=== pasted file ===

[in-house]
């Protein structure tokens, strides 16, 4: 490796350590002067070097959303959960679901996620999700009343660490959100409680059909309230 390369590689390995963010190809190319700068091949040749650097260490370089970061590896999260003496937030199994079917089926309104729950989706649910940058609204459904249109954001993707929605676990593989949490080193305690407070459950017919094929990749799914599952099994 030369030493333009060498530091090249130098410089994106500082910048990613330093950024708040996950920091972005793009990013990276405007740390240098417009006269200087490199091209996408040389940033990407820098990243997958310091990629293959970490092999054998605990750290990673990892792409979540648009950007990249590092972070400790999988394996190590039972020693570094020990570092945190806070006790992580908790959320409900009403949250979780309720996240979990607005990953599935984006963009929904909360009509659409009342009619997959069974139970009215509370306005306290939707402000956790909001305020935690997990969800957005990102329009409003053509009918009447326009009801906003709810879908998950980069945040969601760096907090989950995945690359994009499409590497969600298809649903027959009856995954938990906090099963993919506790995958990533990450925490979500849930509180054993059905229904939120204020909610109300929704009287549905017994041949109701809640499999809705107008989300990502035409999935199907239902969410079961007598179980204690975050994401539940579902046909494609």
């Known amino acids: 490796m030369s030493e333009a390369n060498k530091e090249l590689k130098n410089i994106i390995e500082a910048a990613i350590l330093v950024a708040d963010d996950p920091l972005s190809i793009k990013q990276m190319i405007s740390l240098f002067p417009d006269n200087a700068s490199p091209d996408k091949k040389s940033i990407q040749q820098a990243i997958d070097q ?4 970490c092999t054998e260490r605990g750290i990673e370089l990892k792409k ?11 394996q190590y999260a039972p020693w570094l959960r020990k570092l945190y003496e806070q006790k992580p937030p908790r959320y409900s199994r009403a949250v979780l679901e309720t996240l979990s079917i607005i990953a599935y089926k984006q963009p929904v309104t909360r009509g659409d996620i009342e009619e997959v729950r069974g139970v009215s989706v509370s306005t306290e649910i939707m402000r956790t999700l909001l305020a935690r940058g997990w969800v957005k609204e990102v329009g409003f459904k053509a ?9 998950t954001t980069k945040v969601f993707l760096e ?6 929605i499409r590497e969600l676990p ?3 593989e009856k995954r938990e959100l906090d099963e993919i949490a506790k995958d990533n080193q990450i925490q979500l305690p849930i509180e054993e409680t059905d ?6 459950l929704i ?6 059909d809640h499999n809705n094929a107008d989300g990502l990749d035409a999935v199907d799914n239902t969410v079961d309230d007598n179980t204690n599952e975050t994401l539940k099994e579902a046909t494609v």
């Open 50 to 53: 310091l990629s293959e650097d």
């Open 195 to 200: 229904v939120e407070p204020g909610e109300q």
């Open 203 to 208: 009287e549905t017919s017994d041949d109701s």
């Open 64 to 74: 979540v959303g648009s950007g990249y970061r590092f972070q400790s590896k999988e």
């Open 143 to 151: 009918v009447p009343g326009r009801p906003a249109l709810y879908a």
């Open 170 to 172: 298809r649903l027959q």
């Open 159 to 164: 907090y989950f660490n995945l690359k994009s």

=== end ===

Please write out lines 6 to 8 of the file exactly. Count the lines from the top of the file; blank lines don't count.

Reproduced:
């Open 203 to 208: 009287e549905t017919s017994d041949d109701s």
């Open 64 to 74: 979540v959303g648009s950007g990249y970061r590092f972070q400790s590896k999988e």
């Open 143 to 151: 009918v009447p009343g326009r009801p906003a249109l709810y879908a």